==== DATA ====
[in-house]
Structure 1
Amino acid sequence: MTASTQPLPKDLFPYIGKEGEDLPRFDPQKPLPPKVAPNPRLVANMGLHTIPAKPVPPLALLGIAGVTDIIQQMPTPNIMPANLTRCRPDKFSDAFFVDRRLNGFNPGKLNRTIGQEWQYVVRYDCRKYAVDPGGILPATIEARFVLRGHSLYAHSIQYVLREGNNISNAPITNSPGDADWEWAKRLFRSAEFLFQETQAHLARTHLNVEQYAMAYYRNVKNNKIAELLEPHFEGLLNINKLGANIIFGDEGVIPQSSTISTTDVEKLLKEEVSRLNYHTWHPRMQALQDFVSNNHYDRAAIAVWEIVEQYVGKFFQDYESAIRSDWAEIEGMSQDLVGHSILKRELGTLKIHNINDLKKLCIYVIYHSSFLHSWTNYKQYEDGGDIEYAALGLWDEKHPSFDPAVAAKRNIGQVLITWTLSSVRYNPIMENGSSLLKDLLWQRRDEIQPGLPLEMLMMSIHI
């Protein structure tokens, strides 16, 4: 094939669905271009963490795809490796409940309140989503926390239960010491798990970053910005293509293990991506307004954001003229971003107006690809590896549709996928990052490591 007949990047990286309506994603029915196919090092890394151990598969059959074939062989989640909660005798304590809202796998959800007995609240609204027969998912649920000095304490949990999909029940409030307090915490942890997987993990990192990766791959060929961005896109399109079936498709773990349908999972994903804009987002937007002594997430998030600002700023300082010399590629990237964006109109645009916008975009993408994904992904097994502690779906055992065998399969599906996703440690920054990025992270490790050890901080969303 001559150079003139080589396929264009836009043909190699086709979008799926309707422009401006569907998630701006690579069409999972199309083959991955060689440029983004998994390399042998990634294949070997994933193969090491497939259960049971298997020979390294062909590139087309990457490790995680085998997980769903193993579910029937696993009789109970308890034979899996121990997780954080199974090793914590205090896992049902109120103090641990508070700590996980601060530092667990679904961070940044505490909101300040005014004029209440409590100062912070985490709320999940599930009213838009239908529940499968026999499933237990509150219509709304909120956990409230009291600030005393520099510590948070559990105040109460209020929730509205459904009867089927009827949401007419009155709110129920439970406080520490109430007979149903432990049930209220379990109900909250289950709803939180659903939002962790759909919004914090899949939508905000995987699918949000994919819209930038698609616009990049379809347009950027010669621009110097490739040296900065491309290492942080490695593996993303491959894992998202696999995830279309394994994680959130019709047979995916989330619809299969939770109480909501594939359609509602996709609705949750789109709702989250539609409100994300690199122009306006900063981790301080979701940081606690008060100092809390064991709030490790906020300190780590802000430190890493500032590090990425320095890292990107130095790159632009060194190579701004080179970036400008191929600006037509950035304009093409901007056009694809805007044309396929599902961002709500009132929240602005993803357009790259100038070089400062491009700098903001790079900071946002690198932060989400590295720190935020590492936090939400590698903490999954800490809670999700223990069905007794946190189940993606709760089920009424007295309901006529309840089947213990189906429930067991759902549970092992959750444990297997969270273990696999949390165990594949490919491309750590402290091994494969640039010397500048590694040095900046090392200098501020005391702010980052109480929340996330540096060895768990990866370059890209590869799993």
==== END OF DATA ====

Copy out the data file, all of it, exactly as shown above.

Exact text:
[in-house]
Structure 1
Amino acid sequence: MTASTQPLPKDLFPYIGKEGEDLPRFDPQKPLPPKVAPNPRLVANMGLHTIPAKPVPPLALLGIAGVTDIIQQMPTPNIMPANLTRCRPDKFSDAFFVDRRLNGFNPGKLNRTIGQEWQYVVRYDCRKYAVDPGGILPATIEARFVLRGHSLYAHSIQYVLREGNNISNAPITNSPGDADWEWAKRLFRSAEFLFQETQAHLARTHLNVEQYAMAYYRNVKNNKIAELLEPHFEGLLNINKLGANIIFGDEGVIPQSSTISTTDVEKLLKEEVSRLNYHTWHPRMQALQDFVSNNHYDRAAIAVWEIVEQYVGKFFQDYESAIRSDWAEIEGMSQDLVGHSILKRELGTLKIHNINDLKKLCIYVIYHSSFLHSWTNYKQYEDGGDIEYAALGLWDEKHPSFDPAVAAKRNIGQVLITWTLSSVRYNPIMENGSSLLKDLLWQRRDEIQPGLPLEMLMMSIHI
């Protein structure tokens, strides 16, 4: 094939669905271009963490795809490796409940309140989503926390239960010491798990970053910005293509293990991506307004954001003229971003107006690809590896549709996928990052490591 007949990047990286309506994603029915196919090092890394151990598969059959074939062989989640909660005798304590809202796998959800007995609240609204027969998912649920000095304490949990999909029940409030307090915490942890997987993990990192990766791959060929961005896109399109079936498709773990349908999972994903804009987002937007002594997430998030600002700023300082010399590629990237964006109109645009916008975009993408994904992904097994502690779906055992065998399969599906996703440690920054990025992270490790050890901080969303 001559150079003139080589396929264009836009043909190699086709979008799926309707422009401006569907998630701006690579069409999972199309083959991955060689440029983004998994390399042998990634294949070997994933193969090491497939259960049971298997020979390294062909590139087309990457490790995680085998997980769903193993579910029937696993009789109970308890034979899996121990997780954080199974090793914590205090896992049902109120103090641990508070700590996980601060530092667990679904961070940044505490909101300040005014004029209440409590100062912070985490709320999940599930009213838009239908529940499968026999499933237990509150219509709304909120956990409230009291600030005393520099510590948070559990105040109460209020929730509205459904009867089927009827949401007419009155709110129920439970406080520490109430007979149903432990049930209220379990109900909250289950709803939180659903939002962790759909919004914090899949939508905000995987699918949000994919819209930038698609616009990049379809347009950027010669621009110097490739040296900065491309290492942080490695593996993303491959894992998202696999995830279309394994994680959130019709047979995916989330619809299969939770109480909501594939359609509602996709609705949750789109709702989250539609409100994300690199122009306006900063981790301080979701940081606690008060100092809390064991709030490790906020300190780590802000430190890493500032590090990425320095890292990107130095790159632009060194190579701004080179970036400008191929600006037509950035304009093409901007056009694809805007044309396929599902961002709500009132929240602005993803357009790259100038070089400062491009700098903001790079900071946002690198932060989400590295720190935020590492936090939400590698903490999954800490809670999700223990069905007794946190189940993606709760089920009424007295309901006529309840089947213990189906429930067991759902549970092992959750444990297997969270273990696999949390165990594949490919491309750590402290091994494969640039010397500048590694040095900046090392200098501020005391702010980052109480929340996330540096060895768990990866370059890209590869799993």